Perhaps no company is more central to our ever more connected digital world than networking titan Cisco Systems (NASDAQ:CSCO). The world’s largest networking company is responsible for much of the gear that enables communication over the Internet. While its core business isn’t quite the rapid growth engine it once was, analysts do expect it to be able to increase earnings by a bit over 10% annualized over the next five years. 

Cisco Systems’ shares currently yield nearly 3.7%, and its most recent increase was a touch above 11%. Even better, it has been regularly increasing that dividend since it was instated in 2011. With a payout ratio of around 55% of earnings, Cisco has room to continue that trend if it does manage to grow near its expected rate.  While Cisco only has a few years of dividend payments behind it, it has certainly established itself as a company that’s willing to reward its shareholders with cold, hard cash.

Rising dividends put more money in your pocket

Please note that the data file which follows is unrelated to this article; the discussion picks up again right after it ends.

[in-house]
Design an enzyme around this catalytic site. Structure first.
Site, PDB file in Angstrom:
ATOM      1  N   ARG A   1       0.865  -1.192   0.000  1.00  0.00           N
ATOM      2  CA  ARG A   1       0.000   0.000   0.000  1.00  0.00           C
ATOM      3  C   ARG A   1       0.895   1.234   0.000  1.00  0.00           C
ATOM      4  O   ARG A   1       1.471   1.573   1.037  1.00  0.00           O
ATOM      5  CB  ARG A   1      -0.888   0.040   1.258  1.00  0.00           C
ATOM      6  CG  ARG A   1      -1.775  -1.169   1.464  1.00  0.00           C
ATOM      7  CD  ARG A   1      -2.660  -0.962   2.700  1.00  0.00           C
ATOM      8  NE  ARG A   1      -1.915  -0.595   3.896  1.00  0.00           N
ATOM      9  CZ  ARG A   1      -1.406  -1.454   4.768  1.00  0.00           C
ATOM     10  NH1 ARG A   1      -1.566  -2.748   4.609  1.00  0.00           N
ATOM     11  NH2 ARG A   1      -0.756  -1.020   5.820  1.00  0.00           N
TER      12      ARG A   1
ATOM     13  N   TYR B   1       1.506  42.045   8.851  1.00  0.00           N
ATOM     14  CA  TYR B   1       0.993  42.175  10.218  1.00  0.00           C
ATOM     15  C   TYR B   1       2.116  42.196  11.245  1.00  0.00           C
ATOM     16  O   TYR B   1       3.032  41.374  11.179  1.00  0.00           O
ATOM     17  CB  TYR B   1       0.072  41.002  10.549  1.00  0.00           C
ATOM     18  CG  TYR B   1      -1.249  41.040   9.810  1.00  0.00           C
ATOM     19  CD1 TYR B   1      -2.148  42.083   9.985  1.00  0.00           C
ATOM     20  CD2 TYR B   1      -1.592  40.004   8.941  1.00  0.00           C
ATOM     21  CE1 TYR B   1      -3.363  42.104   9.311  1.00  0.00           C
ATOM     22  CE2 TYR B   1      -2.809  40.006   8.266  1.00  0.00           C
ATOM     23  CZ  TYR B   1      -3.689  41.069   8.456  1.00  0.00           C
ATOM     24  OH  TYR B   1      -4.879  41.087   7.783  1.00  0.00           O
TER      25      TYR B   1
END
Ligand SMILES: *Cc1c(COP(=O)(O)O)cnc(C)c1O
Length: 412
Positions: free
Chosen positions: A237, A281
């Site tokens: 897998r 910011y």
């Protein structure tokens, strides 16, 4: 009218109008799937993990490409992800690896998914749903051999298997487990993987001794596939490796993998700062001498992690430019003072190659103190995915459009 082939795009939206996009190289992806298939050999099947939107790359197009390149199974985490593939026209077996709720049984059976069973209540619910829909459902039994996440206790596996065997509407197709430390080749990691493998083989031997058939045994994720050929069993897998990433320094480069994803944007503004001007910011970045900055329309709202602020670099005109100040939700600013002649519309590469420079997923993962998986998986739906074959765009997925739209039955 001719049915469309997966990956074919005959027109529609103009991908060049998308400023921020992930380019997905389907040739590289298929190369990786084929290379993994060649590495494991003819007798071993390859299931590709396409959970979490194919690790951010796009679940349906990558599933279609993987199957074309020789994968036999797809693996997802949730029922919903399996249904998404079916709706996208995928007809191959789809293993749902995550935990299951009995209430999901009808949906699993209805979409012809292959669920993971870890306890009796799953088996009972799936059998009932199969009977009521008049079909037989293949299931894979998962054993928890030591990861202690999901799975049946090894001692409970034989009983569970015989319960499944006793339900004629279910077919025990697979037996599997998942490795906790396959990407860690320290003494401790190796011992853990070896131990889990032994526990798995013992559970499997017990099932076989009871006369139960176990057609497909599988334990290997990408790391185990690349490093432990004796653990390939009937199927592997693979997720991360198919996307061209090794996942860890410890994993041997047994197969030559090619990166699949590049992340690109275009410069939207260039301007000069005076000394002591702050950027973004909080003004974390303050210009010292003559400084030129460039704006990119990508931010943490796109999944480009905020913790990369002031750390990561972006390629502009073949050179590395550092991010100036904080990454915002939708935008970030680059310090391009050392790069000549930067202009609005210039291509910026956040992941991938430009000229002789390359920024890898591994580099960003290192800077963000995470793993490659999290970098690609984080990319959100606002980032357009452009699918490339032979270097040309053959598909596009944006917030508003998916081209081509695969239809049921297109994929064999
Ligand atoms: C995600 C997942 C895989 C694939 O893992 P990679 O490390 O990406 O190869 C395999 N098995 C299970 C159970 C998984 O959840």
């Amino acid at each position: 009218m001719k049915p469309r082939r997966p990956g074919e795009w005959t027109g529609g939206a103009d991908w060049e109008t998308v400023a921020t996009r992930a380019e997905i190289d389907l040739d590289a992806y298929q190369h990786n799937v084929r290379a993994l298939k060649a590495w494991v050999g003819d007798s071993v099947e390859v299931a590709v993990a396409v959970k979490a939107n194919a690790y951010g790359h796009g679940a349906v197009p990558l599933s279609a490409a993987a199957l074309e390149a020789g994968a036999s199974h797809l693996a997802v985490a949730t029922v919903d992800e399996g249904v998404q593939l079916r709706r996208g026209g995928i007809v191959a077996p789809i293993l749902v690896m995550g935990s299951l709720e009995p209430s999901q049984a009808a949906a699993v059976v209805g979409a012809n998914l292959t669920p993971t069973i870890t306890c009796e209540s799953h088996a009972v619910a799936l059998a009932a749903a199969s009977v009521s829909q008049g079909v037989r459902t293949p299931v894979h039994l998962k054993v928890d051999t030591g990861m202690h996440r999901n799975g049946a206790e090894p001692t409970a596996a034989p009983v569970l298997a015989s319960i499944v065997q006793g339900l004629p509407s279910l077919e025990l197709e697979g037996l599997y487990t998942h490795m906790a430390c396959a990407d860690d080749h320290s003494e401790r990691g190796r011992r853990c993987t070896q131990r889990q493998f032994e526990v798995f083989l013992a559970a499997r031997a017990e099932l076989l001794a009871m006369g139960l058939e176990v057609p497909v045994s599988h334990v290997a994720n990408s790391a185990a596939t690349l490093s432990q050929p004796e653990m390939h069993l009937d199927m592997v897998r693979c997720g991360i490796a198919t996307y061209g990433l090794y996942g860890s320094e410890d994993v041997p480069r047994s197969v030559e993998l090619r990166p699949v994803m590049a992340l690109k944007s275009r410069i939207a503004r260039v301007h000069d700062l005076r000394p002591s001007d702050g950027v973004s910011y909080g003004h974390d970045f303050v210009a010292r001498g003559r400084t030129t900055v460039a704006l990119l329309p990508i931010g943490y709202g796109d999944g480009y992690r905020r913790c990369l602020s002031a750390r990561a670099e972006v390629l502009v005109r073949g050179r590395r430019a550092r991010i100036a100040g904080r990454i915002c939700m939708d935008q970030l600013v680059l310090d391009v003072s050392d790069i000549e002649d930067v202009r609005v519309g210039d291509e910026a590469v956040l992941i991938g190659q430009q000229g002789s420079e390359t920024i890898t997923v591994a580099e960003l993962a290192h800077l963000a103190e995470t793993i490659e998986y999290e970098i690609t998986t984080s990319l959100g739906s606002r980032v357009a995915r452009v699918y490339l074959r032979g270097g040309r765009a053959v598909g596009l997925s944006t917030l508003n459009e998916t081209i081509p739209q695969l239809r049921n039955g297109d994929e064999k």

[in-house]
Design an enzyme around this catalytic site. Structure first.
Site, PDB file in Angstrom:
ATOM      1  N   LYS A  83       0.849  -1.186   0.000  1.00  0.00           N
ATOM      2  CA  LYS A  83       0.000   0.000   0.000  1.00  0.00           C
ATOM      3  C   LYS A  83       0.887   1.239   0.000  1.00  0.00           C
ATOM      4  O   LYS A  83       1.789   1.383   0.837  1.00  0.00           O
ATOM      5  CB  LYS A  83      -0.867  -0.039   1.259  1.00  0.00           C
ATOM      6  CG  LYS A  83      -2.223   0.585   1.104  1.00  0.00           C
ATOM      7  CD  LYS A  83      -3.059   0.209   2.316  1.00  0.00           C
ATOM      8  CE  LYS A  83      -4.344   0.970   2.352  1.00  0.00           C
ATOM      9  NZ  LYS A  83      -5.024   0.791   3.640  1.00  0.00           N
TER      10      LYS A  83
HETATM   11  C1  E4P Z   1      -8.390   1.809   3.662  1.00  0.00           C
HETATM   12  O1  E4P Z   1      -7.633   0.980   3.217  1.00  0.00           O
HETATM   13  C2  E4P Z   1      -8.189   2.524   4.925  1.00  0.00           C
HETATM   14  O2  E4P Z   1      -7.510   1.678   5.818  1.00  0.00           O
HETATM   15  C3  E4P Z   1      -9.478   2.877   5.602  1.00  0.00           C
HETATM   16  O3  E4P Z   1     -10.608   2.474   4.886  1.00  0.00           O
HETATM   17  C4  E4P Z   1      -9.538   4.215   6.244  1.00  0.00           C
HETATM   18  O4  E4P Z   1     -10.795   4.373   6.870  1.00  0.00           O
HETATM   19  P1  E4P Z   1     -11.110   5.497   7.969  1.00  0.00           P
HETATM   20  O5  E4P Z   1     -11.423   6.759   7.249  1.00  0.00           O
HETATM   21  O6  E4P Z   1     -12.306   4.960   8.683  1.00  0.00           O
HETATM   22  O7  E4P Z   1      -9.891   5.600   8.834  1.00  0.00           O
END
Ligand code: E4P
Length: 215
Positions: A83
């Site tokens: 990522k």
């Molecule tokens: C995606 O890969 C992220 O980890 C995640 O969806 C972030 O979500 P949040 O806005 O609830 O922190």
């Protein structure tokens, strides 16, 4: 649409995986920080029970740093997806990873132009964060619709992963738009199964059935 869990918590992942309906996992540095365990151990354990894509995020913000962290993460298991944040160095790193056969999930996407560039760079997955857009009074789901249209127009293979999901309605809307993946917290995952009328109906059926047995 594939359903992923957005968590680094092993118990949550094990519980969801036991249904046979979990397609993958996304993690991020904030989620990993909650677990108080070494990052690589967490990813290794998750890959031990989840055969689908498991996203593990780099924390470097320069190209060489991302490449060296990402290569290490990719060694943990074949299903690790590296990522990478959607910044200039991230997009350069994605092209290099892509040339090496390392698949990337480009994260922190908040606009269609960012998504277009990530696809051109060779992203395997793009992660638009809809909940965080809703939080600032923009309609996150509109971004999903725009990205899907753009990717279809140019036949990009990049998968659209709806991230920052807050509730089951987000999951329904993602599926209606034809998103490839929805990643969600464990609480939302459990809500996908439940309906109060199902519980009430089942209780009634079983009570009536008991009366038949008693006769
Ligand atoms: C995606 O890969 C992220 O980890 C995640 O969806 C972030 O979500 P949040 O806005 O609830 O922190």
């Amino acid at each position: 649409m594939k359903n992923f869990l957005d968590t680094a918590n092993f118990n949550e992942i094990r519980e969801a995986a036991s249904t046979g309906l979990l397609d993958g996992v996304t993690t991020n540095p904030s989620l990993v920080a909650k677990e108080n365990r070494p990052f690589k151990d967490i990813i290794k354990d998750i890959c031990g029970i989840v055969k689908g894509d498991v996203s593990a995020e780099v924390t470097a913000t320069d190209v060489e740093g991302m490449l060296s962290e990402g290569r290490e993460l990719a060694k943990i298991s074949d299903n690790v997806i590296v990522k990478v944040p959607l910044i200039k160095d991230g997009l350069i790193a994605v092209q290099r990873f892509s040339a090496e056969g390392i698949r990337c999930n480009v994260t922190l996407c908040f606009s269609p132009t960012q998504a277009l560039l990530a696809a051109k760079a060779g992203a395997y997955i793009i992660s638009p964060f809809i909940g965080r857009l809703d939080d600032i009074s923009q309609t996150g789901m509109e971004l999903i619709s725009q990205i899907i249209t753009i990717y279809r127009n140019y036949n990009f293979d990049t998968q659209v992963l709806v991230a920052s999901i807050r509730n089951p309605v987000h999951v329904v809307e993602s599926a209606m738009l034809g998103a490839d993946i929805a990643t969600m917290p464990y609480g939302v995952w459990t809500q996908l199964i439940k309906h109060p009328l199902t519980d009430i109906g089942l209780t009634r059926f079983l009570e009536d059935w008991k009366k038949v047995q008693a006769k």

Over time, a smart dividend-oriented investing strategy can put thousands of dollars in your pocket. These five companies have a history of paying and increasing their dividends and expected growth rates that should enable the dividend increases to continue. That combination makes them worthy of consideration for investors looking to get paid for owning the companies where they invest their capital.

Chuck Saletta owns shares of Cisco Systems and Prudential Financial. The Motley Fool owns shares of and recommends Johnson & Johnson. The Motley Fool recommends C.H. Robinson Worldwide and Cisco Systems. The Motley Fool has a disclosure policy.